Friday, 18 July 2008

Dwain Chambers & Our Vindictive Culture

I ‘m no fan of Dwain Chambers or athletics but I was disappointed to hear that he has lost his legal action against the BOA by-law which bans convicted drug users (spent conviction or not) from competing at the Olympics. Anything that annoys the arrogant BOA, the pompous BBC Sport and cretins like the Tory toss-pot Sebastian Coe is good in my book. It’s a shame because their vindictive attitude only creates more vindictiveness.

I’m not interested in debating the intricacies of the ‘drug offence’ here, that’s boring, and it’s not relevant to what I want to talk about: the vindictive nature of our culture. Maybe I expect too much from sports people, be they professionals, fans or media, and maybe I am swimming against the tide of society on this, but whatever happened to forgiveness and redemption? Have they ever thought that a vindictive attitude facilitates cheating? After all, what helps “getting ahead” more than a desire to punish irrevocably? What’s more some of these Solomonian ex-athletes are committed, practicing Christians, obviously they seemed to have mislaid one of the fundamental tenants of Christianity, forgiveness. On second thoughts, they’re only acting in the same way as all religious groups, hypocritically and obfuscatory.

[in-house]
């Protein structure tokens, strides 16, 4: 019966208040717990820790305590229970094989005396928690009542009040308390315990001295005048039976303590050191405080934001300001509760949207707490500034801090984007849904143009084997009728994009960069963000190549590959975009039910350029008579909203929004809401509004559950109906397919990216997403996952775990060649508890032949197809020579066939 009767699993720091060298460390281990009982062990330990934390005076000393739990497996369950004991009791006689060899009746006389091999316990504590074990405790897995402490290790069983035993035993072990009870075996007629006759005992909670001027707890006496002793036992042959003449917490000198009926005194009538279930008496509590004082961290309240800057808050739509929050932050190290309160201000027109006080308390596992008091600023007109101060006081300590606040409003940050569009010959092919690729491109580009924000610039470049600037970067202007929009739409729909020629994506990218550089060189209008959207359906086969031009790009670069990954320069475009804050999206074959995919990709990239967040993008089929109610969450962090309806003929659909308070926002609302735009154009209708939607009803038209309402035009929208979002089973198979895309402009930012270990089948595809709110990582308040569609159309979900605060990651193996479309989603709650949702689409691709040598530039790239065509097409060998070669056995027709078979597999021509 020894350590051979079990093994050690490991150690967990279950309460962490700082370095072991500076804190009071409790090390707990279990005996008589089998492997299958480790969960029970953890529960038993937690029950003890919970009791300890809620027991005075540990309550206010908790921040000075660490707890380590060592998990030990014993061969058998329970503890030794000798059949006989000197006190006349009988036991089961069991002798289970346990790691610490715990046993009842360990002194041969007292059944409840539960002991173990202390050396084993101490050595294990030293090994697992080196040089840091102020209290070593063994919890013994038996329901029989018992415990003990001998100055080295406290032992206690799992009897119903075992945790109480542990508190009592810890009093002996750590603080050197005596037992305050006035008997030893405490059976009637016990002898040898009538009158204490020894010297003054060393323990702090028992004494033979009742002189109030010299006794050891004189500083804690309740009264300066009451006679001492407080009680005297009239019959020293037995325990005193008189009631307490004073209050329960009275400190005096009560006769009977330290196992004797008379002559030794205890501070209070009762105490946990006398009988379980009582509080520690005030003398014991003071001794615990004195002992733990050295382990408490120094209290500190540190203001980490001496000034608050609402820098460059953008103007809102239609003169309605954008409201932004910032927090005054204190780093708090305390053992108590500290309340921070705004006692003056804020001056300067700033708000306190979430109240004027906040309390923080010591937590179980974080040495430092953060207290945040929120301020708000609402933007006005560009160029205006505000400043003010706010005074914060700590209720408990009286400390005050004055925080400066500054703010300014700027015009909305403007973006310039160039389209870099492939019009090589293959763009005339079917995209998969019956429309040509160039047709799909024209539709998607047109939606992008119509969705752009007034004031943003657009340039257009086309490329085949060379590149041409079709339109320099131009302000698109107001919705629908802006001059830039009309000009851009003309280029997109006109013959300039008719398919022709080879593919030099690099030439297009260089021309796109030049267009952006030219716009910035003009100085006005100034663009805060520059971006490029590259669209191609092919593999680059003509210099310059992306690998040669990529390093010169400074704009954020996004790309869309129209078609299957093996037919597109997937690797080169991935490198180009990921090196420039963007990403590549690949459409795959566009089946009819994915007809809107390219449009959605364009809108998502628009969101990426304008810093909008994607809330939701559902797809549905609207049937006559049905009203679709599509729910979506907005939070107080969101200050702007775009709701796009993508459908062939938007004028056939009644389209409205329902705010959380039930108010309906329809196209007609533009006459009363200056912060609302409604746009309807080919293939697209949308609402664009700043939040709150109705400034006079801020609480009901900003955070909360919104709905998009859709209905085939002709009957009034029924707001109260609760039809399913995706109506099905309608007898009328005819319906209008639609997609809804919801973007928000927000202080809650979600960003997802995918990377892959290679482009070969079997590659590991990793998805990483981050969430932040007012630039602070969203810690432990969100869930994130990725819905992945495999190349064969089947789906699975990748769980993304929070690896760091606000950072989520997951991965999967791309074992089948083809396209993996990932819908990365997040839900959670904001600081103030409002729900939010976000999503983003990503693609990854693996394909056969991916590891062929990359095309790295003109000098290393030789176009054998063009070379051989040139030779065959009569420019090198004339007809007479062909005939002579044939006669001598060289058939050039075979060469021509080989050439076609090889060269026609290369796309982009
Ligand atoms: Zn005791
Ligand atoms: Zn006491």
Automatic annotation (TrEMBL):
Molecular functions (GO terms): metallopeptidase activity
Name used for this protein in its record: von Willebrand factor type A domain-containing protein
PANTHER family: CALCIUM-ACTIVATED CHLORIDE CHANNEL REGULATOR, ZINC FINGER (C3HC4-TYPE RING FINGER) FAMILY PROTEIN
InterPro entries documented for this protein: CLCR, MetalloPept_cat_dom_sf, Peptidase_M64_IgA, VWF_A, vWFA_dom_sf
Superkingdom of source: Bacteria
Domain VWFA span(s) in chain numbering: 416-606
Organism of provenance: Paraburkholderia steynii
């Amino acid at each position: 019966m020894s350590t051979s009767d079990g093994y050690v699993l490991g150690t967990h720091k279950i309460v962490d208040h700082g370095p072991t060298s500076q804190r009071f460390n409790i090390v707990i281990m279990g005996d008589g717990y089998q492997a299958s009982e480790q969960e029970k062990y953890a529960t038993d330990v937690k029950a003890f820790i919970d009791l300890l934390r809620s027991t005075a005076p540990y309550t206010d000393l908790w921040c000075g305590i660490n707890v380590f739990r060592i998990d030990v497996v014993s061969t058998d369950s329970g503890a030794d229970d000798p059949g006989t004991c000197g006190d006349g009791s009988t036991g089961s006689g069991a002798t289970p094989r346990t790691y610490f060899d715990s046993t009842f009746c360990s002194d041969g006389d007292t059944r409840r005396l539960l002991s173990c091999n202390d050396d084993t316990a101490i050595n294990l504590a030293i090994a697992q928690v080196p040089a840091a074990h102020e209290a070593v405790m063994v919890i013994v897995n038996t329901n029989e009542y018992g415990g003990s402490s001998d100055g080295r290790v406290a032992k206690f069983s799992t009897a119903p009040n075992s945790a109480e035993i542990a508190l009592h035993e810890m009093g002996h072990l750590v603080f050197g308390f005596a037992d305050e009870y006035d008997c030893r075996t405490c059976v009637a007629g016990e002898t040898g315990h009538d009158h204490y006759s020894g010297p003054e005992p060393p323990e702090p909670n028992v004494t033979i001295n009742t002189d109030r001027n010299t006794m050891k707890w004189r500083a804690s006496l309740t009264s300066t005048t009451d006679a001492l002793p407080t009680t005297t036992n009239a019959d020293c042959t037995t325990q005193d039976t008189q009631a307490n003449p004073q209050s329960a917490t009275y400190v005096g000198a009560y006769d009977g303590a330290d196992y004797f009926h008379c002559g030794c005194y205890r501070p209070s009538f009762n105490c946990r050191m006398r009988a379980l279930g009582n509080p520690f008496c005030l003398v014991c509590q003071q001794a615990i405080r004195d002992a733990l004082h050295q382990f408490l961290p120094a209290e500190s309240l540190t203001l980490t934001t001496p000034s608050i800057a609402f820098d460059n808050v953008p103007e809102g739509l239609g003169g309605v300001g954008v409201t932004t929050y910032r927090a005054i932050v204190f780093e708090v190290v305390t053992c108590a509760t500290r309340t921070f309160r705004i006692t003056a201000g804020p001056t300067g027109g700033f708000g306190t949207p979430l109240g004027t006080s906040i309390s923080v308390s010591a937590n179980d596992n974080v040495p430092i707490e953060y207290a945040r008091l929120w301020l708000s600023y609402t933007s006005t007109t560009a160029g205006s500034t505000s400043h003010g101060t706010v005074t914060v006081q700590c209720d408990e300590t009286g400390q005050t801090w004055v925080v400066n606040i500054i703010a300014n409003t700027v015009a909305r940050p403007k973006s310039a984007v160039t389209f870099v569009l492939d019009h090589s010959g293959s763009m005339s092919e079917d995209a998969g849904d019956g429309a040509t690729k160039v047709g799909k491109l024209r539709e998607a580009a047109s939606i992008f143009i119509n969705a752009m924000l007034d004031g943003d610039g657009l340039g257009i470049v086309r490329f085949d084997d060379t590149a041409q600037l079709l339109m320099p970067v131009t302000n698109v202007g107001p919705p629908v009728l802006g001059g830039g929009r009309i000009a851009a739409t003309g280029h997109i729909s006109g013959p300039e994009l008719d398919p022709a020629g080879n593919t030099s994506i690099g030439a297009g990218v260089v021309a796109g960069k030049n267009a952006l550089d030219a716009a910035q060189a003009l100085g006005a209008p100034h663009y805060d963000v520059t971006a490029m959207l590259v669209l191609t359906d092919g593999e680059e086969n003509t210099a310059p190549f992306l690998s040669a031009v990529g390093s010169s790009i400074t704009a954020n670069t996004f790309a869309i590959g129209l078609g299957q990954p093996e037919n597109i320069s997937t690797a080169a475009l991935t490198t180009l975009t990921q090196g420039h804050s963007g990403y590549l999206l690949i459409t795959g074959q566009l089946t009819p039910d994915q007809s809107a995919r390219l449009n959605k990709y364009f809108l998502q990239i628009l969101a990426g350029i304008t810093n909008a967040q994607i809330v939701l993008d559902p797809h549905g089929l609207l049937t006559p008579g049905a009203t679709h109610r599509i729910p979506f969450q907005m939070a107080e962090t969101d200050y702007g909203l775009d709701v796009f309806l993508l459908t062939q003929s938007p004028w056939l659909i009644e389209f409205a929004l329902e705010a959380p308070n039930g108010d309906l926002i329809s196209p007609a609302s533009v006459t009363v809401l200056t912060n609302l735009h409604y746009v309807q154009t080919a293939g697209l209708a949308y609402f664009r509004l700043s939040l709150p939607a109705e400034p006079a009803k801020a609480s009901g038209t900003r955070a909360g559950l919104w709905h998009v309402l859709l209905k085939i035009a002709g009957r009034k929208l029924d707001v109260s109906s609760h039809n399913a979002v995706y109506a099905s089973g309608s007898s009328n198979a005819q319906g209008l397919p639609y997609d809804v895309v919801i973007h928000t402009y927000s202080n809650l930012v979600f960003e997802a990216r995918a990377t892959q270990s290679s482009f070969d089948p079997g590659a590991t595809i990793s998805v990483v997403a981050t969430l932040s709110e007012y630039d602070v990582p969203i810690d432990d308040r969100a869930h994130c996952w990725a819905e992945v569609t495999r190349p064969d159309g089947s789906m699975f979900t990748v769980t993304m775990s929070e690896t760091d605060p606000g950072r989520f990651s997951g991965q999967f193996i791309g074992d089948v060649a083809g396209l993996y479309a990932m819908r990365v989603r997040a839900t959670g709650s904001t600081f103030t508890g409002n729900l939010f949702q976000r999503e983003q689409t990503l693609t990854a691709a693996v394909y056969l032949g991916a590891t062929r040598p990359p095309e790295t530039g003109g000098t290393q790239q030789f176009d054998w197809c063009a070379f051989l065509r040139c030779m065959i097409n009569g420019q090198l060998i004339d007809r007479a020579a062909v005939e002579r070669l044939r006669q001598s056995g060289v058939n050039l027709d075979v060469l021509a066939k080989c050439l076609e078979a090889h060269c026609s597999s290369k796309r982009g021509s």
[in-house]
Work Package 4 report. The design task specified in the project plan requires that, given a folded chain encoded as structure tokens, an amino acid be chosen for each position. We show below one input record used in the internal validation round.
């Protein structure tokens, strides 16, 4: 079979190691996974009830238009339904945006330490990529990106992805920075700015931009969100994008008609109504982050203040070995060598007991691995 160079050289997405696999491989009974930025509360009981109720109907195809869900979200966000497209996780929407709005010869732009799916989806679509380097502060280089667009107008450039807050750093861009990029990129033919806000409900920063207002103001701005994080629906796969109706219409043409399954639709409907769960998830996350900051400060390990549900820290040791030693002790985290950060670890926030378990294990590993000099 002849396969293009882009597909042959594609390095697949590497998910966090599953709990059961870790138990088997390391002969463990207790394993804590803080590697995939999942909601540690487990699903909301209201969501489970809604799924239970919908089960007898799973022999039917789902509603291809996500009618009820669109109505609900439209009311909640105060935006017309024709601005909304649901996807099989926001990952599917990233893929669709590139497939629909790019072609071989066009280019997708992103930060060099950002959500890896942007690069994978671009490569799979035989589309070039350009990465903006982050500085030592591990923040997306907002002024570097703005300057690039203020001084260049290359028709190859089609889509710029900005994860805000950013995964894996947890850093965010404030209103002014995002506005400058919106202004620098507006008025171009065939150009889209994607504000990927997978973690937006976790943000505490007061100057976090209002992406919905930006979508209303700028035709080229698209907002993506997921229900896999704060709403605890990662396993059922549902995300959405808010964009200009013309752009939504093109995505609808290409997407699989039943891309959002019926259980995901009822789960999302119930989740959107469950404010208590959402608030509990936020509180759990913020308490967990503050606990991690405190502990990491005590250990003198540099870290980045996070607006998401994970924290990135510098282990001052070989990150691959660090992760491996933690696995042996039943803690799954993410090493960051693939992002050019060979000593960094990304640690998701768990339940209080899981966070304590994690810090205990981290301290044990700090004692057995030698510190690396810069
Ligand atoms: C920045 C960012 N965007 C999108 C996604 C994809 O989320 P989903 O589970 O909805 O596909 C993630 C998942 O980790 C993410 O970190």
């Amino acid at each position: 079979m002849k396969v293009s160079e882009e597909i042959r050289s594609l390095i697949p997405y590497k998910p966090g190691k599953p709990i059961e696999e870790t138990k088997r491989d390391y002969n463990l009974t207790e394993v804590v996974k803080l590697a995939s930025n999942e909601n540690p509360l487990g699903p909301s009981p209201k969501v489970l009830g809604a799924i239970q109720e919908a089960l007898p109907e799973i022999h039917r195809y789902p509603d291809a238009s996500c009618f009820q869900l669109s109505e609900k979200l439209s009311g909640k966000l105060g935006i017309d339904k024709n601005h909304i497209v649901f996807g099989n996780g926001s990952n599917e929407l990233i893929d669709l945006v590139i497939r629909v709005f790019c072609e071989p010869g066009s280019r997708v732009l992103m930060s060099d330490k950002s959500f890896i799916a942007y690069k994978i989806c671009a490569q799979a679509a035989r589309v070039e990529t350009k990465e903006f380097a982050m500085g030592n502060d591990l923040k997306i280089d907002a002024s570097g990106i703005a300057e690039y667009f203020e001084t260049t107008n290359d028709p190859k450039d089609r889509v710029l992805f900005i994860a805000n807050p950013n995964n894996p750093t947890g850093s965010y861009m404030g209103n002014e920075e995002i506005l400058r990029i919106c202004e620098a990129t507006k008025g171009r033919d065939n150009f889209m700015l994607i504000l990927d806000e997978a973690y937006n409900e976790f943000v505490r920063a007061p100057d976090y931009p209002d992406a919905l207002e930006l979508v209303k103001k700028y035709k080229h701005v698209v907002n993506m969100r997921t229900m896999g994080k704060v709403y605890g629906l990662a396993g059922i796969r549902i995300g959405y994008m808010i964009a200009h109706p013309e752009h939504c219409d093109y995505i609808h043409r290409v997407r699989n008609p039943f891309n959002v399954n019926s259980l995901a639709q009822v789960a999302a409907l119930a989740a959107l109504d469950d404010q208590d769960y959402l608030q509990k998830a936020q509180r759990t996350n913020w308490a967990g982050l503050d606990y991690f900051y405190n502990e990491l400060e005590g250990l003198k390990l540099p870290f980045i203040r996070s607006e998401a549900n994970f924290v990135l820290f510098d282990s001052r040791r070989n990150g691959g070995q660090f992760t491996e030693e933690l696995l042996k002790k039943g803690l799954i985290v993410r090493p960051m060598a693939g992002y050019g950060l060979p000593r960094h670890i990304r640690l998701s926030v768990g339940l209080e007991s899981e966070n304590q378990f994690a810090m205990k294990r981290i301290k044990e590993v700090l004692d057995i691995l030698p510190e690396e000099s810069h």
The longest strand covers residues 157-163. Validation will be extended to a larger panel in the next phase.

Ultimately though it is the self-perpetuating nature produced by too much emphasis on retribution that disturbs me most: I’m feeling quite unforgiving of those I’m criticising now and I will have to fight the impulse to be uncharitable towards them in the future, especially if any of them – perish the thought – were to fall foul of some rule or other themselves. Worse, the vindictive attitude spreads throughout society and soon everybody is guilty, real or otherwise, and suspicion rules the day. In any case, what goes around comes around.